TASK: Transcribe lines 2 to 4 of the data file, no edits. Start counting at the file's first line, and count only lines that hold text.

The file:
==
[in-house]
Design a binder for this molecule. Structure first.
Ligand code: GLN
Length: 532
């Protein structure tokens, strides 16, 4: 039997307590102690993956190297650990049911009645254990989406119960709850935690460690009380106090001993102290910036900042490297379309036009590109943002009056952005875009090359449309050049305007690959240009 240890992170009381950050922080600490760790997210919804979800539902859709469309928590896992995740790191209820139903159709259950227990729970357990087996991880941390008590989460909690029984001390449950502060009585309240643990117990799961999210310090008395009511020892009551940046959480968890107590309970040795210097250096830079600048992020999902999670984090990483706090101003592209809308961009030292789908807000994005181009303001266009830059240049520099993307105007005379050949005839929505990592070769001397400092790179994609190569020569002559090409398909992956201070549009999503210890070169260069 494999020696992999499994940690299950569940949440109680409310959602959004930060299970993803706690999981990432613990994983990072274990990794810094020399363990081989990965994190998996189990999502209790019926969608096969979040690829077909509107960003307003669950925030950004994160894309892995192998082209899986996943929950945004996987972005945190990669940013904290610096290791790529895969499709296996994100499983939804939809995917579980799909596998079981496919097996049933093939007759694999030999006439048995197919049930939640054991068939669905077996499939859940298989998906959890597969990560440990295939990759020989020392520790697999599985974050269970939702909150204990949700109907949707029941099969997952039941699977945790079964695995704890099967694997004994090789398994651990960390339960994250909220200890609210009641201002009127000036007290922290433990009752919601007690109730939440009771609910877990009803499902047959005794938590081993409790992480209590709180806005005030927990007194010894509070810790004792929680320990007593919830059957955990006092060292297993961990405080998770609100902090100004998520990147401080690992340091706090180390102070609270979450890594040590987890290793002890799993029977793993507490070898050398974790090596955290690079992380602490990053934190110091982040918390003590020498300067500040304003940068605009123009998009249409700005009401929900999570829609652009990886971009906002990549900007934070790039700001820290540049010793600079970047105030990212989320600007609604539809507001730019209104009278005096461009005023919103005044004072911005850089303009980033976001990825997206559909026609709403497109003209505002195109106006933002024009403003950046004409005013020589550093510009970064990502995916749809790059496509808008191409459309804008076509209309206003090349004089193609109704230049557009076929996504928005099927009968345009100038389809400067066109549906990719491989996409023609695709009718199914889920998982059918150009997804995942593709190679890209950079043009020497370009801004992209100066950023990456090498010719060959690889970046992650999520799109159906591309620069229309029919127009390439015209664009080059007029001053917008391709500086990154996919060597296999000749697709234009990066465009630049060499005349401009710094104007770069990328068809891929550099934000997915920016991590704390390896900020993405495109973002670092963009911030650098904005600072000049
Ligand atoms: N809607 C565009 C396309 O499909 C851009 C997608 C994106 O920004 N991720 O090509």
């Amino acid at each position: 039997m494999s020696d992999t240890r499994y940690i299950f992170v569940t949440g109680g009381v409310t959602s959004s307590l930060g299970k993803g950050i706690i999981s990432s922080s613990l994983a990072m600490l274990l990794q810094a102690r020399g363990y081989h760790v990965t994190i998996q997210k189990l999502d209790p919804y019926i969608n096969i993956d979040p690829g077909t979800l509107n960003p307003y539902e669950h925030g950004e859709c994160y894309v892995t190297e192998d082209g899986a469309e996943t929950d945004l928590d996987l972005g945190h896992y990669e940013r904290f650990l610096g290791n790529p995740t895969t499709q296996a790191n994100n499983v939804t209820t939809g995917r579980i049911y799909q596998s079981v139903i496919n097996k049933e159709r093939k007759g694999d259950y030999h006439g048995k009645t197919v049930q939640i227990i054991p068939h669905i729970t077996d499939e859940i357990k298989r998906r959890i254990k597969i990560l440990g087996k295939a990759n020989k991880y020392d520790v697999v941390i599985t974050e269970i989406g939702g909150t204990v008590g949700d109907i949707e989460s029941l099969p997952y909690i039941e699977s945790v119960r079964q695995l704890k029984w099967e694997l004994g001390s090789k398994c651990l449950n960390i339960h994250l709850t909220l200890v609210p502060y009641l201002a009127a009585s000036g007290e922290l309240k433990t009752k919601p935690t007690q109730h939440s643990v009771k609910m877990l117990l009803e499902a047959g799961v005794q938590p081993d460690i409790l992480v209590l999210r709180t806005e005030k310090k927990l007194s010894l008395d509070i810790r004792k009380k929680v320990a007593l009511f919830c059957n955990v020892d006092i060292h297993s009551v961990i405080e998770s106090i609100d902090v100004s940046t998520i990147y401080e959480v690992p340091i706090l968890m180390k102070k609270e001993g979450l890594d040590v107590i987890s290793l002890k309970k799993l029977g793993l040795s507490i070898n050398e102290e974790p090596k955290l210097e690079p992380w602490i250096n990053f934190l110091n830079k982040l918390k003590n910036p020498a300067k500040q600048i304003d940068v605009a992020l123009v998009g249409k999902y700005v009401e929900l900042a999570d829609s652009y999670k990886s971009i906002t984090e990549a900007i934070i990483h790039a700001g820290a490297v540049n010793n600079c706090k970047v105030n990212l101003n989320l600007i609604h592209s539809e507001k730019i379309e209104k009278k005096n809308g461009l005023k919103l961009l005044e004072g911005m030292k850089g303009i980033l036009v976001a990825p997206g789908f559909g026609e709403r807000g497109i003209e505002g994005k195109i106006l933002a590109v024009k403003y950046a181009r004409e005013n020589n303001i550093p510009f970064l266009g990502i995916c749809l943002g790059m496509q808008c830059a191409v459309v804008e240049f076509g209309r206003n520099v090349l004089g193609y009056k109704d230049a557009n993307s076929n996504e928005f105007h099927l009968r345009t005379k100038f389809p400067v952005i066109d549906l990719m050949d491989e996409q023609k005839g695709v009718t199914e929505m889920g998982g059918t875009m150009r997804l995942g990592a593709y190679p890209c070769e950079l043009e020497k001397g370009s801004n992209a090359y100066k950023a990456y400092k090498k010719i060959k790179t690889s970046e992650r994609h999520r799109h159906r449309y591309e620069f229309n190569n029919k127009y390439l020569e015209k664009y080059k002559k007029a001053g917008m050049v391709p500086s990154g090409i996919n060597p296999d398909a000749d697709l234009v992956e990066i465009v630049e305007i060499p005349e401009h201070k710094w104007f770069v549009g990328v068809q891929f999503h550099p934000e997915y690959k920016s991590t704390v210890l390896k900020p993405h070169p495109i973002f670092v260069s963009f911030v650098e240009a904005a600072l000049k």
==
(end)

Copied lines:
Design a binder for this molecule. Structure first.
Ligand code: GLN
Length: 532